Last year, when Prime Minister Theresa May launched the UK government’s Industrial Strategy she said “a successful economy must be built on firm foundations”, going on to list a number of factors that are required to create a stable base, including the availability of skills in the UK workforce. Bearing this in mind, the UK is currently in an insecure, unstable position. Here CEO Today hears from David Willett, Corporate Director at The Open University, who approaches the way we think about skills a little differently.
The skills shortage has been well publicised in recent years, especially with regards to its effect on productivity. But what does this shortage really mean for employers? How can we start to close the gap?
The real cost of the skill shortage
Our latest study, The Open University Business Barometer, puts a very real cost on this absence of skilled workers – revealing that the shortfall is now costing UK employers an extra £6.3 billion a year in recruitment fees, inflated salaries, temporary staff and training for workers hired at a lower level than intended.
The majority of the spend is linked to short-term strategies to overcome the immediate issues arising from the deficit, which means organisations are spending more only to experience the same issues further down the road.
Organisations are paying £1.2 billion per year in additional recruitment costs and £2.2 billion in inflated salaries, as talented workers with in-demand skillsets are able take advantage of their strong position. Many organisations have been forced to give up on finding appropriate talent altogether, choosing either to hire at a lower level than intended or to leave the role vacant, where the costs for extra training and temporary staff then add to the financial burden faced by employers.
With this in mind, it becomes clear that employers can no longer bury their heads in the sand when it comes to managing talent, but must begin to take a long-term strategic approach to cultivating the skills they so desperately need.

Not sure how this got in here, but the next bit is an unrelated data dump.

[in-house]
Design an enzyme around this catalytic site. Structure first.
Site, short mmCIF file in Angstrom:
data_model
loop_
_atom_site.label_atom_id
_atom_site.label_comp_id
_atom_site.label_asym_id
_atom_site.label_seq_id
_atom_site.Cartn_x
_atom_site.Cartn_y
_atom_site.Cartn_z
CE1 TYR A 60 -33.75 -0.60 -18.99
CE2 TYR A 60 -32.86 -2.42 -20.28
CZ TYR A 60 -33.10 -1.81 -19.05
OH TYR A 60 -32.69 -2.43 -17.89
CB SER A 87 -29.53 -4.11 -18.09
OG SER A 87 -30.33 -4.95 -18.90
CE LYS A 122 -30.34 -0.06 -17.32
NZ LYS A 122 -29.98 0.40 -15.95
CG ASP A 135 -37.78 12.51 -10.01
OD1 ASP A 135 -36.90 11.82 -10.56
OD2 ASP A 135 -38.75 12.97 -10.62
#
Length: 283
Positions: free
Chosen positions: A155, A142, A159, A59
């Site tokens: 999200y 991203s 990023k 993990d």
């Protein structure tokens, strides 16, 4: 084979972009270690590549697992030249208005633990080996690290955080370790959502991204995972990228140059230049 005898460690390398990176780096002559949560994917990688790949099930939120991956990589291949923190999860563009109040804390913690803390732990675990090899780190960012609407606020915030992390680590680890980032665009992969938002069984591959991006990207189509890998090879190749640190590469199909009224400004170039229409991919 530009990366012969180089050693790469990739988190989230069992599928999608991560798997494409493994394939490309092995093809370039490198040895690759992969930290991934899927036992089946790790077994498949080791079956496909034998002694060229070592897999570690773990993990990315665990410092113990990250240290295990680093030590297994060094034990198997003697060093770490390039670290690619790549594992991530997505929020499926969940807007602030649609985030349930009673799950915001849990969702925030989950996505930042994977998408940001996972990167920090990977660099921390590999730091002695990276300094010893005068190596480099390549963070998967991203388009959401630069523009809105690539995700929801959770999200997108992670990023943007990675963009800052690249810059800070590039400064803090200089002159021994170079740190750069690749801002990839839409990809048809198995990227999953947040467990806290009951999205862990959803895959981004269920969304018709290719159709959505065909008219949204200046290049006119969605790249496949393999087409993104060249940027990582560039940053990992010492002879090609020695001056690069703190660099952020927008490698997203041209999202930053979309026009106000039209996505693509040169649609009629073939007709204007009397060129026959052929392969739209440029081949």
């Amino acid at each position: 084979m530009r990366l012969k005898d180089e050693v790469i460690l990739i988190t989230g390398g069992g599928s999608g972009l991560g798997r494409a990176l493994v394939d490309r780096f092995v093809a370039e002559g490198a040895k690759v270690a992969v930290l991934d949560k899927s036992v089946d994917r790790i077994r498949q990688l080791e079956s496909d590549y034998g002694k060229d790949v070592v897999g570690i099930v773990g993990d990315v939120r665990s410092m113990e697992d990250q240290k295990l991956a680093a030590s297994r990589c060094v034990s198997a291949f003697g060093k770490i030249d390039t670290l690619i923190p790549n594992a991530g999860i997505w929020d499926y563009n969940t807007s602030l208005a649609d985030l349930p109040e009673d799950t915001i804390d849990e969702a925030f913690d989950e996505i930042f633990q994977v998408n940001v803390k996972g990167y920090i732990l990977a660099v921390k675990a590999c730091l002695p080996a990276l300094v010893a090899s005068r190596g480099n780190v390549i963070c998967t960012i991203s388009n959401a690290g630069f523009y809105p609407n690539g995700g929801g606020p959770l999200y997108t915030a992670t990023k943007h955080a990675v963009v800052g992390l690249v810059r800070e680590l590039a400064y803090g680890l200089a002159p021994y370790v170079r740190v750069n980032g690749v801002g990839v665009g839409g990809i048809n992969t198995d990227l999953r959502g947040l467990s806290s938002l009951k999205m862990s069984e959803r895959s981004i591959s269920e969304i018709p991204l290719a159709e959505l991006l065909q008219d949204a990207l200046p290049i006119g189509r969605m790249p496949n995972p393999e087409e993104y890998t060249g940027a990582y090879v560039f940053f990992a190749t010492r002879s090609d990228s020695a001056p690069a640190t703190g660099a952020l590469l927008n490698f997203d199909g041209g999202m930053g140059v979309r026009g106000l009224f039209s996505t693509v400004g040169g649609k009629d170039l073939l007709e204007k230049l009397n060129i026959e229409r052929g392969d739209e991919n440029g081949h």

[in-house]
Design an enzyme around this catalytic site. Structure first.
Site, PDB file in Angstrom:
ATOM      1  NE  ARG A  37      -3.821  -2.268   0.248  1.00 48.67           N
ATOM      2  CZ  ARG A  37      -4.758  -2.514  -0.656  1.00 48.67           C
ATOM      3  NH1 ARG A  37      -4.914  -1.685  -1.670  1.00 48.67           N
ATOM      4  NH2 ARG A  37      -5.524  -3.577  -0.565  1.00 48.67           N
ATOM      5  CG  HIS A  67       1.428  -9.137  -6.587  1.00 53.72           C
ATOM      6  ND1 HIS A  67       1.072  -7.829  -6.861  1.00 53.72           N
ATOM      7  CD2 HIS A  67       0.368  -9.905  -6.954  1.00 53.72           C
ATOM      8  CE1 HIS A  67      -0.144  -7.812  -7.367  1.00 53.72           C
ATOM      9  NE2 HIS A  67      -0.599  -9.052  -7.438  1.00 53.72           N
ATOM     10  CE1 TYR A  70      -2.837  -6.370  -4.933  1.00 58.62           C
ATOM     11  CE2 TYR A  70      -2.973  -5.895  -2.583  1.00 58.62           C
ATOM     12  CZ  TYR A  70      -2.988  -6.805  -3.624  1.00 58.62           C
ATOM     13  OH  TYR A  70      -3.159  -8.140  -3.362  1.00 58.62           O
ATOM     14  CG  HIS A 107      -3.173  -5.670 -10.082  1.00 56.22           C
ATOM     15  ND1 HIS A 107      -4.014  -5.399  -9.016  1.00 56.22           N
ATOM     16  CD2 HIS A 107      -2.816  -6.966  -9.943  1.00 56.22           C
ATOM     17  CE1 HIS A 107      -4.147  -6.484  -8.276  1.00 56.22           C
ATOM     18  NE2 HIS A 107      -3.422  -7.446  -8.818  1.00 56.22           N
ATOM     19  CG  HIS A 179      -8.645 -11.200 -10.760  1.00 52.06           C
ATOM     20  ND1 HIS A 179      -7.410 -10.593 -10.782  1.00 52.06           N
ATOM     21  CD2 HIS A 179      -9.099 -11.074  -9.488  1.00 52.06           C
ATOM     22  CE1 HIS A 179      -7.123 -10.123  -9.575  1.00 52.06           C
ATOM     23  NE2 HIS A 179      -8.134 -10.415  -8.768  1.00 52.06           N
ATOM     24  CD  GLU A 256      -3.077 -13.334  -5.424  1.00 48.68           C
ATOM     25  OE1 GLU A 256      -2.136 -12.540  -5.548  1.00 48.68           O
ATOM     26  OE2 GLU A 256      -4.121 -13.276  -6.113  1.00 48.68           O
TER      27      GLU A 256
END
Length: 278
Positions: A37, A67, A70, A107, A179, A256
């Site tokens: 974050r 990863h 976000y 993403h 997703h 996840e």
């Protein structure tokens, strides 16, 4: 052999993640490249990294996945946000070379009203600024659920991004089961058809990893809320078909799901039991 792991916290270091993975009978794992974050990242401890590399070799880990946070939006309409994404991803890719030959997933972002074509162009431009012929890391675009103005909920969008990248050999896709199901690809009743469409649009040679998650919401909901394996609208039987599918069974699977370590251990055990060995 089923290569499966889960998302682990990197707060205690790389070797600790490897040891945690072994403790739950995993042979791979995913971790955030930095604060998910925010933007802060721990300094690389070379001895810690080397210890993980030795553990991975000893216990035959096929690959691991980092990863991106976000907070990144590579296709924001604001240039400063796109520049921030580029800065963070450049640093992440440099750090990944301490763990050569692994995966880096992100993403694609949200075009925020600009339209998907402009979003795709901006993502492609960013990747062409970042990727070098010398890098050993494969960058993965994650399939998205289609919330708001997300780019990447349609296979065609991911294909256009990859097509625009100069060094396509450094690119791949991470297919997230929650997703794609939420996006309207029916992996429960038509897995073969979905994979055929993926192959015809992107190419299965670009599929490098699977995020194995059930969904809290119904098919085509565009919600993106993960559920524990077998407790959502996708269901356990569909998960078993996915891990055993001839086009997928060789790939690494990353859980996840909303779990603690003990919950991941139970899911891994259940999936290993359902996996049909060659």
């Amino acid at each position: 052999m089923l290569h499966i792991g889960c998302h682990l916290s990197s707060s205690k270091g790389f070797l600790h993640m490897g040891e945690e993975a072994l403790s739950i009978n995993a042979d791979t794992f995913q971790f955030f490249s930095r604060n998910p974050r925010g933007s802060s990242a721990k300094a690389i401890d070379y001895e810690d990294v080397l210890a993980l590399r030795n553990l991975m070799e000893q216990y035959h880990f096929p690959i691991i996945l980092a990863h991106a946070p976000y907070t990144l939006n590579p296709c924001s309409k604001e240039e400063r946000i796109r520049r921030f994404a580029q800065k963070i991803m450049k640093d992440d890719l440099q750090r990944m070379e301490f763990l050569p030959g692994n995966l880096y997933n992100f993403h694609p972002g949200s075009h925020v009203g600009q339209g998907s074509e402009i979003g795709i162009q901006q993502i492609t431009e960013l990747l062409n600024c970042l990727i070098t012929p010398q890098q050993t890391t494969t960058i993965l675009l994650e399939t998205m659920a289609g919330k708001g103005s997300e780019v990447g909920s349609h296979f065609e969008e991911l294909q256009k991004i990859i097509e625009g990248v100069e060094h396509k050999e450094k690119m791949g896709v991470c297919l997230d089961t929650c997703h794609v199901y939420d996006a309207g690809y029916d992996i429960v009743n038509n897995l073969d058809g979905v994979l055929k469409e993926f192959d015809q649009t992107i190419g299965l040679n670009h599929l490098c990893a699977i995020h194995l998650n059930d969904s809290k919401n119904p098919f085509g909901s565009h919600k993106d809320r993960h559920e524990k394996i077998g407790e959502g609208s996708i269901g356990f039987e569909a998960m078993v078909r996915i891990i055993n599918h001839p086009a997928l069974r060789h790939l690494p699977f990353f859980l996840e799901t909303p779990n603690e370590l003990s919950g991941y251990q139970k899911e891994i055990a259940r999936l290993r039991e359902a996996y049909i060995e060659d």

The financial impact is not the only negative consequence of the skills shortage. Around half of organisations say they are not as agile as they need to be due to a lack of skills. But in a changeable political, economic and technological climate, adaptability and flexibility are essential. At times like these, organisations rely more heavily on managers and leaders to communicate and navigate change, yet nearly three quarters of employers (73%) have experienced difficulty in hiring for these roles in the past 12 months, which is cause for concern for employers looking to future-proof their organisation.
More concerning still is that more than half of senior business leaders surveyed expect the situation to deteriorate over the next 12 months. More than two in five expect their organisation to struggle financially in the next year, indicating that the issue needs to be urgently addressed. So, with these mounting costs and concerns in mind, what can employers do to tackle the skills shortage, and create a pipeline of talent to meet their organisation’s needs in the years to come?
The skills solution
It’s time to change the way we think about skills. Employers are spending billions on quick fixes that address the problem in the short term but we’re left with a skills deficit that will only continue to grow if training continues to be seen as an ‘optional extra’.
With a supply and demand issue putting a premium on highly skilled workers, it’s clear that a long-term, sustainable solution is needed – one that increases the skills available in the workforce. Organisations that develop a long-term skills strategy will reduce their costs in the long-term, allowing them to focus their resources on stability and growth in the future. But the initial outlay can be off-putting.
In 2017, the UK government introduced the apprenticeship levy to encourage more investment in work-based learning, but uptake has been lower than expected, leaving billions of funding that could potentially be used to increase skills in the workforce unused. Why not utilise levy funding at their disposal to fill the growing talent gaps in the workforce?
As well as increasing skills, work-based training comes with a number of other benefits. We’re finding that employers that offer continuous professional development not only have the flexibility and agility they need to adapt to changing business priorities, they also have more loyal and motivated workforces, which can increase productivity and efficiency substantially.
When it comes to learning and professional development, the job is never done in our dynamic economy. Employers need to invest in developing the skills of both new and existing workers continuously to ensure that their organisation is not left behind by constant flux of business conditions, and is able to adapt and prosper as new opportunities present themselves.